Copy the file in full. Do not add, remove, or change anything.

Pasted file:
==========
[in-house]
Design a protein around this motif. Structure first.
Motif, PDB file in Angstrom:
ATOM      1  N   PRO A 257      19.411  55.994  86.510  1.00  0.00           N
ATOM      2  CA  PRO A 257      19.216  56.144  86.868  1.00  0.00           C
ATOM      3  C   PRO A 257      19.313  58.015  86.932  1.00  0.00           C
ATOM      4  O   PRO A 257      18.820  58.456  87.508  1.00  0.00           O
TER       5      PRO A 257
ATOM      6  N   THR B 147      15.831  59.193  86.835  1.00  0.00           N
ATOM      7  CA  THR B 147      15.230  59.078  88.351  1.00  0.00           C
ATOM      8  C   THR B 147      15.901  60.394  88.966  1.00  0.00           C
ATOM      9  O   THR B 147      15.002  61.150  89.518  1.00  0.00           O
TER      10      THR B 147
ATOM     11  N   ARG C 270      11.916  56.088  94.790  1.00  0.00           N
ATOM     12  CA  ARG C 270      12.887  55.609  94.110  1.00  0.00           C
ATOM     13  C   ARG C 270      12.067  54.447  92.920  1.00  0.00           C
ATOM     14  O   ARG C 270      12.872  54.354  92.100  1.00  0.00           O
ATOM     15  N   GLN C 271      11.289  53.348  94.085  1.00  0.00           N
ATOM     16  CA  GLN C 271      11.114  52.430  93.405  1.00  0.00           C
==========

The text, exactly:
[in-house]
Design a protein around this motif. Structure first.
Motif, PDB file in Angstrom:
ATOM      1  N   PRO A 257      19.411  55.994  86.510  1.00  0.00           N
ATOM      2  CA  PRO A 257      19.216  56.144  86.868  1.00  0.00           C
ATOM      3  C   PRO A 257      19.313  58.015  86.932  1.00  0.00           C
ATOM      4  O   PRO A 257      18.820  58.456  87.508  1.00  0.00           O
TER       5      PRO A 257
ATOM      6  N   THR B 147      15.831  59.193  86.835  1.00  0.00           N
ATOM      7  CA  THR B 147      15.230  59.078  88.351  1.00  0.00           C
ATOM      8  C   THR B 147      15.901  60.394  88.966  1.00  0.00           C
ATOM      9  O   THR B 147      15.002  61.150  89.518  1.00  0.00           O
TER      10      THR B 147
ATOM     11  N   ARG C 270      11.916  56.088  94.790  1.00  0.00           N
ATOM     12  CA  ARG C 270      12.887  55.609  94.110  1.00  0.00           C
ATOM     13  C   ARG C 270      12.067  54.447  92.920  1.00  0.00           C
ATOM     14  O   ARG C 270      12.872  54.354  92.100  1.00  0.00           O
ATOM     15  N   GLN C 271      11.289  53.348  94.085  1.00  0.00           N
ATOM     16  CA  GLN C 271      11.114  52.430  93.405  1.00  0.00           C